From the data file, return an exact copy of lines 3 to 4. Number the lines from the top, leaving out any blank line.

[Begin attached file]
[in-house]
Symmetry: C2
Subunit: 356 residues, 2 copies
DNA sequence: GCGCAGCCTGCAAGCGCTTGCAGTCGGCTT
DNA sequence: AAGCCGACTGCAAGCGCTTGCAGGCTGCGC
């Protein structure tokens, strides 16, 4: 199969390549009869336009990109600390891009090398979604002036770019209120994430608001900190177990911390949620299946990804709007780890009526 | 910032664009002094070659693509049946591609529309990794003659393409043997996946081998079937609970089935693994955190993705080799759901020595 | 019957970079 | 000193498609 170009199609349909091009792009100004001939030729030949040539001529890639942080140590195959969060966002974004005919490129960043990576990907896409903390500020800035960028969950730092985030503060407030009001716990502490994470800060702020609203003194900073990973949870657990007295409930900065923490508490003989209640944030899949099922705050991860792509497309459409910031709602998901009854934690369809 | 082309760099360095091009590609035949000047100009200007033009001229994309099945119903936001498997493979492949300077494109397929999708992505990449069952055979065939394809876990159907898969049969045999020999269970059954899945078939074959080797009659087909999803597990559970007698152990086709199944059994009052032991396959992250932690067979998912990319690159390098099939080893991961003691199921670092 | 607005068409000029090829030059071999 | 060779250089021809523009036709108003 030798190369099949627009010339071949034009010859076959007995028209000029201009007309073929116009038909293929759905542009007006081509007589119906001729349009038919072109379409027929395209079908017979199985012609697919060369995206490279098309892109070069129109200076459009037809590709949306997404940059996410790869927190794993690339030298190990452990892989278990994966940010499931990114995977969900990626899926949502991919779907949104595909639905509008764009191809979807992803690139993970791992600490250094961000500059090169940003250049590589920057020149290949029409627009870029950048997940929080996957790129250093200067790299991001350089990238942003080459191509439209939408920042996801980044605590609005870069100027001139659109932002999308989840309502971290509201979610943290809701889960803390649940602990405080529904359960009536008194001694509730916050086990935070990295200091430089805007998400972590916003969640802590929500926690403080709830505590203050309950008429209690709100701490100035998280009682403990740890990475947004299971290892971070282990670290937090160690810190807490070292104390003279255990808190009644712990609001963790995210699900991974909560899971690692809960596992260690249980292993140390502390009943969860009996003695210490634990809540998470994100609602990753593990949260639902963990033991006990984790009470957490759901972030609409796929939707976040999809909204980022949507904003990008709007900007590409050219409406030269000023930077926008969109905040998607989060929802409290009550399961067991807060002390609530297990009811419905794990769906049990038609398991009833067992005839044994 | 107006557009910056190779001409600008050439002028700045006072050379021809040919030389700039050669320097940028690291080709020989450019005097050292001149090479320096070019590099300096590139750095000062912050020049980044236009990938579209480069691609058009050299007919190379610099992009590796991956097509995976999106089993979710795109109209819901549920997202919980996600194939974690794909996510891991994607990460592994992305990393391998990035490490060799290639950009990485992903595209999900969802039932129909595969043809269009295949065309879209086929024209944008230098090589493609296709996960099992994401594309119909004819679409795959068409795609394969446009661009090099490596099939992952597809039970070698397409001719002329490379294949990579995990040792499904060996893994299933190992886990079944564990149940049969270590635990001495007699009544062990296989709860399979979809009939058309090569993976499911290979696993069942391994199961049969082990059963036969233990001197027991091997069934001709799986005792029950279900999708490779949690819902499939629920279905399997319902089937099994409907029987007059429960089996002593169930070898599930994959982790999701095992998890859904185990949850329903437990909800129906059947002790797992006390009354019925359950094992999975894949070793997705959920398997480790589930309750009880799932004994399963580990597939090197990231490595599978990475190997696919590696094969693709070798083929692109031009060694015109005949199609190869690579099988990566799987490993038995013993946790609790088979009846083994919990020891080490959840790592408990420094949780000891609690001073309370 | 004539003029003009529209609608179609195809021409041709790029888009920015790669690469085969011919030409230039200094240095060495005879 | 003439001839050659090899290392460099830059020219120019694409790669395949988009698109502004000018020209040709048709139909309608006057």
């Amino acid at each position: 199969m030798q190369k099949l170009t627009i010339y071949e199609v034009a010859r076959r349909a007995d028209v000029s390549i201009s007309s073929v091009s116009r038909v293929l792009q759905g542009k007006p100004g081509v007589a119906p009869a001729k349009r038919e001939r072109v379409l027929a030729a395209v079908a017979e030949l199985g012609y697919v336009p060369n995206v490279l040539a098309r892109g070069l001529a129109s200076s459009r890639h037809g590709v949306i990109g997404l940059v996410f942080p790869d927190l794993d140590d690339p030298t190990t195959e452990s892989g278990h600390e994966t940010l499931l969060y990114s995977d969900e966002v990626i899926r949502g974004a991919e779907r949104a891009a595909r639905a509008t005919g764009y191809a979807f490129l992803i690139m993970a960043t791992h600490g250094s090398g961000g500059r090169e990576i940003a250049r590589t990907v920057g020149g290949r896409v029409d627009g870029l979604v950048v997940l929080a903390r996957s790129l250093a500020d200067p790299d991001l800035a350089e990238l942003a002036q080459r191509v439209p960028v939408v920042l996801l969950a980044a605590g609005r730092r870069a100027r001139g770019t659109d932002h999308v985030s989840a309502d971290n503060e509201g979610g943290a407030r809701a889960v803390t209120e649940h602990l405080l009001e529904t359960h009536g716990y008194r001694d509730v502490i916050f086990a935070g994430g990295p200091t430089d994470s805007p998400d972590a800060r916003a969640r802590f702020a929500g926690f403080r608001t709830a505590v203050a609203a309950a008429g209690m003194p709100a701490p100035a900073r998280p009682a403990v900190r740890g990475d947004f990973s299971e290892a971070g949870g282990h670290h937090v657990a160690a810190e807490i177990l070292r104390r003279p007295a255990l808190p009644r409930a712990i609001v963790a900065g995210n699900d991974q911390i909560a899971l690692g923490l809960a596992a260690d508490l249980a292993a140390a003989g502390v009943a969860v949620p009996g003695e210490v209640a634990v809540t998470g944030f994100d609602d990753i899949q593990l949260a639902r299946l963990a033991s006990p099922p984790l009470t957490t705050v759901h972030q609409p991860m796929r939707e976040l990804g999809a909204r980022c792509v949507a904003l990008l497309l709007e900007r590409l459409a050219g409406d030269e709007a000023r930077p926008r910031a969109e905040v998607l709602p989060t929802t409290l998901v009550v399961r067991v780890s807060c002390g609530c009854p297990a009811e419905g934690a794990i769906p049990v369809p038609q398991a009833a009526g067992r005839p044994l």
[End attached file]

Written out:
Subunit: 356 residues, 2 copies
DNA sequence: GCGCAGCCTGCAAGCGCTTGCAGTCGGCTT